Saturday, August 9, 2014

Velociraptor Contingency Plan

I gave birth to my oldest daughter during a season where my husband was traveling a lot. As a result, I spent much of my postpartum alone in our apartment with my baby, worrying. Much of what I worried about were things that all new parents do, I'm sure: What do I do if she gets sick? How will I know that she's breathing while I'm asleep? What do I have to do at this age to prevent her ever becoming a contestant on The Bachelor? However, there was one subject that I spent an inordinate amount of time thinking about when I was a new mother that I can almost guarantee no one else does.


I would never forgive this person, ever. 
I was about 13 when Jurassic Park debuted, and like everyone else, I went to movie theater to see it. At the time I remember thinking it was a frightening movie, but I still enjoyed it. I've never been someone keen on horror flicks or gore-porn, but by my adolescence I'd been desensitized to the mild violence and action/suspense that was present in the dino movie, so I survived watching it unscathed. 

Or, so I thought. 

I had no way of knowing at 13 a part of that movie had buried itself deeply into my subconscious and that years later I would be lying awake at night, my baby sleeping in her crib down the hall, mentally devising what I refer to as my Velociraptor Contingency Plan (VCP). 

As a new mother, I had learn to coach myself through the worries that inevitably befall parents by coming up with a "plan" on how to handle just about every situation I could imagine. I was trained in first-aid and CPR for infants/children. We had smoke/carbon monoxide/everything else detectors installed in our apartment. I had specifically chosen a first floor residence so that there was no chance our daughter would accidentally fall down the stairs or out a window. Everything was baby-proofed with cushions and covers and locks long before she was mobile enough to benefit from the precautions. I had taken all the necessary measures to ensure that nothing bad was going to happen to my daughter on my watch.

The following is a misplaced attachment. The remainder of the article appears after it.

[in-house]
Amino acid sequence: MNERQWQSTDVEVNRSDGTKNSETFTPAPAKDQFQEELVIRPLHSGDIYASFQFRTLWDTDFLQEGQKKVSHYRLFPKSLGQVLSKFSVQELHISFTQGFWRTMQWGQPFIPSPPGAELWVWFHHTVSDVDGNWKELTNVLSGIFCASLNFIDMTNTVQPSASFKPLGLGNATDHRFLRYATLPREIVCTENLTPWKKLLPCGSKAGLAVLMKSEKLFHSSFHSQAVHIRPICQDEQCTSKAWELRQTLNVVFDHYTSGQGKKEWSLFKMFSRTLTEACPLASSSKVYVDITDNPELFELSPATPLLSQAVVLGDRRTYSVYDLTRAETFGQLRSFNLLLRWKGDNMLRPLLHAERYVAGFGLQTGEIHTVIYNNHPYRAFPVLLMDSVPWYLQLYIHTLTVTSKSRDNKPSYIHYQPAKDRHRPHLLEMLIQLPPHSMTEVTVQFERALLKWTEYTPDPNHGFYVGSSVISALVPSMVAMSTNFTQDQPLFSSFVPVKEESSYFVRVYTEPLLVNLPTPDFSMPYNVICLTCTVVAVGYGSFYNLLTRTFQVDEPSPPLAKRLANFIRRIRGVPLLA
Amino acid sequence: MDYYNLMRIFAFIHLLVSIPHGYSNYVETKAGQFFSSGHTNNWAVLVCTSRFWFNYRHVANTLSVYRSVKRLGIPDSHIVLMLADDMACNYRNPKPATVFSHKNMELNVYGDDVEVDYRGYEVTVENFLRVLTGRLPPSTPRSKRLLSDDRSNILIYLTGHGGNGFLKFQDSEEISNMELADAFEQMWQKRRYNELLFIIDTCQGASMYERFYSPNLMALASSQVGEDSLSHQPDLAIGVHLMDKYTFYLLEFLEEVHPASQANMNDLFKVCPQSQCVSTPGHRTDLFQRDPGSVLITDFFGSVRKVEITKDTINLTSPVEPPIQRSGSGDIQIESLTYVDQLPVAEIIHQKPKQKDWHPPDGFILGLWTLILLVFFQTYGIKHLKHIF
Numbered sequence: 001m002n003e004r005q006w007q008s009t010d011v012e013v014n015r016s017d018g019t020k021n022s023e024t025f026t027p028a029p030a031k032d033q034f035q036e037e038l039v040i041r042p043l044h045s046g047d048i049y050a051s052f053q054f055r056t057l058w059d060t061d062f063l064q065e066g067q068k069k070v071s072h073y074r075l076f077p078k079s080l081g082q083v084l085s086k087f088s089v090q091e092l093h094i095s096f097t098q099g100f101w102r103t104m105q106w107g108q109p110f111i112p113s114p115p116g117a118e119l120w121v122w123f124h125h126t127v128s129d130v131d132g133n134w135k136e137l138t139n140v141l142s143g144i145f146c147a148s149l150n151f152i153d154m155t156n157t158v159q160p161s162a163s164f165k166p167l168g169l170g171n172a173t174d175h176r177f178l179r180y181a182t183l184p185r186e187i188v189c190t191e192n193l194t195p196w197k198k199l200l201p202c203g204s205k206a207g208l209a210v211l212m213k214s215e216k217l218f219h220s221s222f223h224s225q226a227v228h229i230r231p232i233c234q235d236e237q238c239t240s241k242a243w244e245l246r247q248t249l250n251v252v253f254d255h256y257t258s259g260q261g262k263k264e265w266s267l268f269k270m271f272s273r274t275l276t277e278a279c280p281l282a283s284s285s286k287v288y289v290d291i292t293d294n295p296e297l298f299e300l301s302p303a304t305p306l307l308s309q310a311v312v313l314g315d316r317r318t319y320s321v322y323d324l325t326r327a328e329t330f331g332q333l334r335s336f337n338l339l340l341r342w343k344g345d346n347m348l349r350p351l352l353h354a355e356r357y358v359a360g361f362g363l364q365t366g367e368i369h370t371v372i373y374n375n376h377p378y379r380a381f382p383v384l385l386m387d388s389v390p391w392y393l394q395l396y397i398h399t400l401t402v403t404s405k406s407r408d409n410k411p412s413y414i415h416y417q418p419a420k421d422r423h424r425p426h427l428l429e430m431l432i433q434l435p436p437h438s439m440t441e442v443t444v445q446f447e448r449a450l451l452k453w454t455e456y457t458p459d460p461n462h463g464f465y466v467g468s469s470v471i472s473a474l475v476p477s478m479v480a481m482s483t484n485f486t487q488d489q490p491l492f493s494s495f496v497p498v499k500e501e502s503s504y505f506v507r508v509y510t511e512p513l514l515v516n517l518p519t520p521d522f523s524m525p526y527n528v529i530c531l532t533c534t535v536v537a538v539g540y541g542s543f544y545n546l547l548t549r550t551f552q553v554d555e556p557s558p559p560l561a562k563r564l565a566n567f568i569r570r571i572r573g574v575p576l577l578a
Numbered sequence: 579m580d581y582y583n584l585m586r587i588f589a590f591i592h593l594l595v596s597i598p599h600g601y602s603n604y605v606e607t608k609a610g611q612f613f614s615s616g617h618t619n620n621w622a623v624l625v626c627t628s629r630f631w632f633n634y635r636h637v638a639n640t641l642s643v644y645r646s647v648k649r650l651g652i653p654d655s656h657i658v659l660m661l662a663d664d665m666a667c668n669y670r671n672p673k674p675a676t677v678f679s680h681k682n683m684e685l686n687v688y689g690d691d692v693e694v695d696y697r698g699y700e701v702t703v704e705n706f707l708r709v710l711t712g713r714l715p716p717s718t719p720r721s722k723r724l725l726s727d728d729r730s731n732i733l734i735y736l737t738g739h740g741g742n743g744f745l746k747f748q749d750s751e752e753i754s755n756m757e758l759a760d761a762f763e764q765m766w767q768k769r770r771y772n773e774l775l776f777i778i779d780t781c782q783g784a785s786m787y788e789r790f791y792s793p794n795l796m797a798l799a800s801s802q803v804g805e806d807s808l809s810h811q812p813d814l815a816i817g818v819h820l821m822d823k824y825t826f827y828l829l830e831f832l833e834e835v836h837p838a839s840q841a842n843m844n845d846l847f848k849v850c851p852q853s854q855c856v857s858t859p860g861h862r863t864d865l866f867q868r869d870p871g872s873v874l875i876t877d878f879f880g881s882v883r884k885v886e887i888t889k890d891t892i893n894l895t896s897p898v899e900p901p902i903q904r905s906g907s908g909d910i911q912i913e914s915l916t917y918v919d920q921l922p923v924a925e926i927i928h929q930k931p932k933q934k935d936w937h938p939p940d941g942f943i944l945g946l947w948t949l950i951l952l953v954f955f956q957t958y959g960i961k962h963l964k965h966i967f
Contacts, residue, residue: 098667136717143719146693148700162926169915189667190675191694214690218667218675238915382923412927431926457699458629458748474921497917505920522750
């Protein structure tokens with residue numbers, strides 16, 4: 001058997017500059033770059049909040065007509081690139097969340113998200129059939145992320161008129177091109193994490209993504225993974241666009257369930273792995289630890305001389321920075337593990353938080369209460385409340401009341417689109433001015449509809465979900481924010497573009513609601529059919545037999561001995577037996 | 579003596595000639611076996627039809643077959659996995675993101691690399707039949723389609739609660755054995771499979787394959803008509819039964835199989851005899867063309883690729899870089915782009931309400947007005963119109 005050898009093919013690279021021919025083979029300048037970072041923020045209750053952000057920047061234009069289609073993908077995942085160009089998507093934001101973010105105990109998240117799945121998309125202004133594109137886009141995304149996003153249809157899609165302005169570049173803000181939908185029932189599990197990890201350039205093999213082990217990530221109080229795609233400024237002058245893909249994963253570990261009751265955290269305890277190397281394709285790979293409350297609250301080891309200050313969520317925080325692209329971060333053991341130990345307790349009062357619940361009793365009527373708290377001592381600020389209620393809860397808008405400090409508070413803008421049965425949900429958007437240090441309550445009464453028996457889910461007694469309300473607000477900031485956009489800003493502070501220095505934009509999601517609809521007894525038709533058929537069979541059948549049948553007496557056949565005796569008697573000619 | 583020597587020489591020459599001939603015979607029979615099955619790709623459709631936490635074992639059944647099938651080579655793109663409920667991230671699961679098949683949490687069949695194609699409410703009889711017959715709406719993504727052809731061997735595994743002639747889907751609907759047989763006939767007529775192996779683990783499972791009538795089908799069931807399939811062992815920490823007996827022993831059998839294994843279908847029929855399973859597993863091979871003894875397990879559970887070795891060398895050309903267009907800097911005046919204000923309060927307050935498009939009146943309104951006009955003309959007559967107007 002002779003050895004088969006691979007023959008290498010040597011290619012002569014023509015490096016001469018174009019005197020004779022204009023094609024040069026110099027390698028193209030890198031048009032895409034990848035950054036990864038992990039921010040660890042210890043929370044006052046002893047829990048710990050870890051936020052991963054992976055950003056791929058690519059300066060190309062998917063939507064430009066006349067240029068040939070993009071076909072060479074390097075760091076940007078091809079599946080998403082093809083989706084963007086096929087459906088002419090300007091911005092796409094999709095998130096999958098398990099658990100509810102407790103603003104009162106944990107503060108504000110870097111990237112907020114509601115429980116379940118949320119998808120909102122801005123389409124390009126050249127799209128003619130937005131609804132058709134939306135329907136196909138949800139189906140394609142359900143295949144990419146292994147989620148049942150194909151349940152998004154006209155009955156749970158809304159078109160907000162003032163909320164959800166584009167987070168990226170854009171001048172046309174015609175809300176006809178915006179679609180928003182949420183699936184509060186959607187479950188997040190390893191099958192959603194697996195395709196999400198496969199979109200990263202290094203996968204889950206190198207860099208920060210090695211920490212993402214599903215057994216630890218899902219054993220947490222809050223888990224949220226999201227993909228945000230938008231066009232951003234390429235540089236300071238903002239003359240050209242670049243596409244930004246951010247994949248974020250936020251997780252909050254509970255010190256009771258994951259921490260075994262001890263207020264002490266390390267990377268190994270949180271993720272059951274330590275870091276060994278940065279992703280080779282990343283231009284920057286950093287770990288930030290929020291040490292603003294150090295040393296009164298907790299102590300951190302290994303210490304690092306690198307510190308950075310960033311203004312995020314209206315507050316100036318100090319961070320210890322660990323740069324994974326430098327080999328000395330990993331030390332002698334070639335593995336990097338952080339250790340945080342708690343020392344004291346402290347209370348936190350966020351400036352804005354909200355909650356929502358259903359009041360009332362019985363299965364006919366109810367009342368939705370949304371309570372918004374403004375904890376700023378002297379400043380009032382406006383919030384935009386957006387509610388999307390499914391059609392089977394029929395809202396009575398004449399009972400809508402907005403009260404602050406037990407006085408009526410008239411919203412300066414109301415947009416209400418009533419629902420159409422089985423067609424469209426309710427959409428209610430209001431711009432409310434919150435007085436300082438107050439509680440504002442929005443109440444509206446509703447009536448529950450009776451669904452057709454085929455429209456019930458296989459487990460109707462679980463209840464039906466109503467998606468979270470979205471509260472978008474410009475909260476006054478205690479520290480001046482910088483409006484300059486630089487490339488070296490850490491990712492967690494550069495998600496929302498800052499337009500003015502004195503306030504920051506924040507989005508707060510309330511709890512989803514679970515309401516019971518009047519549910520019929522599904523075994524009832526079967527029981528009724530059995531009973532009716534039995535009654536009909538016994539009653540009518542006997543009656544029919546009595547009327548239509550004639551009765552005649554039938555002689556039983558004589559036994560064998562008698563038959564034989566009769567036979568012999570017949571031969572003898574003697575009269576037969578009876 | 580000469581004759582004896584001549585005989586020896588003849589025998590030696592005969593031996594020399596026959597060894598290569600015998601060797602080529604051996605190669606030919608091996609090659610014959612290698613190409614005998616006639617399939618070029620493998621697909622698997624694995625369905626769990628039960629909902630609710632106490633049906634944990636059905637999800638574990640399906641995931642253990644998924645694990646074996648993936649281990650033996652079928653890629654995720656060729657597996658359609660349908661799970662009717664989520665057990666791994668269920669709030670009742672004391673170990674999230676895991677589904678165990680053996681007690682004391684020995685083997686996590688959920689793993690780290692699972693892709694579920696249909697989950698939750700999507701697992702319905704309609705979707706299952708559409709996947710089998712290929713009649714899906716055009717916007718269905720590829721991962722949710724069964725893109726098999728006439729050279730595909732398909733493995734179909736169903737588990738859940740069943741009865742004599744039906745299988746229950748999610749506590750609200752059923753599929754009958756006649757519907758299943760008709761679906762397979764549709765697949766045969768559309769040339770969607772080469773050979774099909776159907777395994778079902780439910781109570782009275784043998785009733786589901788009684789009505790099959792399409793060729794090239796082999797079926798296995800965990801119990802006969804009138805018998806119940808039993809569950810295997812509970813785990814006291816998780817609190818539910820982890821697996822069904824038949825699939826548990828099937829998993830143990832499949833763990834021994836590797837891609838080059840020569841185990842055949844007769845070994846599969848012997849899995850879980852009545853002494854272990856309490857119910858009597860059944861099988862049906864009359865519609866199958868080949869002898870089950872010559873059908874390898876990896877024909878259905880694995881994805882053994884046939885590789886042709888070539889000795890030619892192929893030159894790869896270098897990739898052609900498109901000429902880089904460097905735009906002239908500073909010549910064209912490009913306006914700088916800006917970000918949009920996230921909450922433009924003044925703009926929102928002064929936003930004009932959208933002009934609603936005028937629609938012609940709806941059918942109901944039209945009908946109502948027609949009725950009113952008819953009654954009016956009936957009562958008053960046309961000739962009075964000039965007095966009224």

But of course, I knew that there were things that were out of the area of my control (as cataloged in the television series Law and Order: SVU) when it came to the safety of my daughter no matter what I did to prevent it. For me however, all the worry of hypothetical situations manifested in likely the most absurd of all the scenarios (and likely the ONE subject not ever handled by Detective Olivia Benson): dinosaurs. 

The scene I attribute as the basis for my need of the VCP
As I would lie awake in my bed, baby monitor static blaring in my ear and my husband six hundred miles away, I would plan what to do in the event of a velociraptor attack.  Thanks to this terrifying scene in Jurassic Park, I knew that these dinosaurs were the breed most likely to break into my house because THEY CAN OPEN DOORS. Of course my doors were kept locked, but I wasn't sure if maybe the more advanced velociraptors were also able to pick locks, so I had to account for that possibility in the VCP. 

I'll spare you the details of the VCP (until the inevitable invasion - then I'll post it online and save the planet), but I'm sure because everyone here is a rational human being (unless you are postpartum) and can logically see that in the grand scheme of parenthood, a velociraptor attack should have been quite literally the least of my worries. With the extinction of the dinosaurs, it had been ruled out as a possibility of something I would have to worry about at all.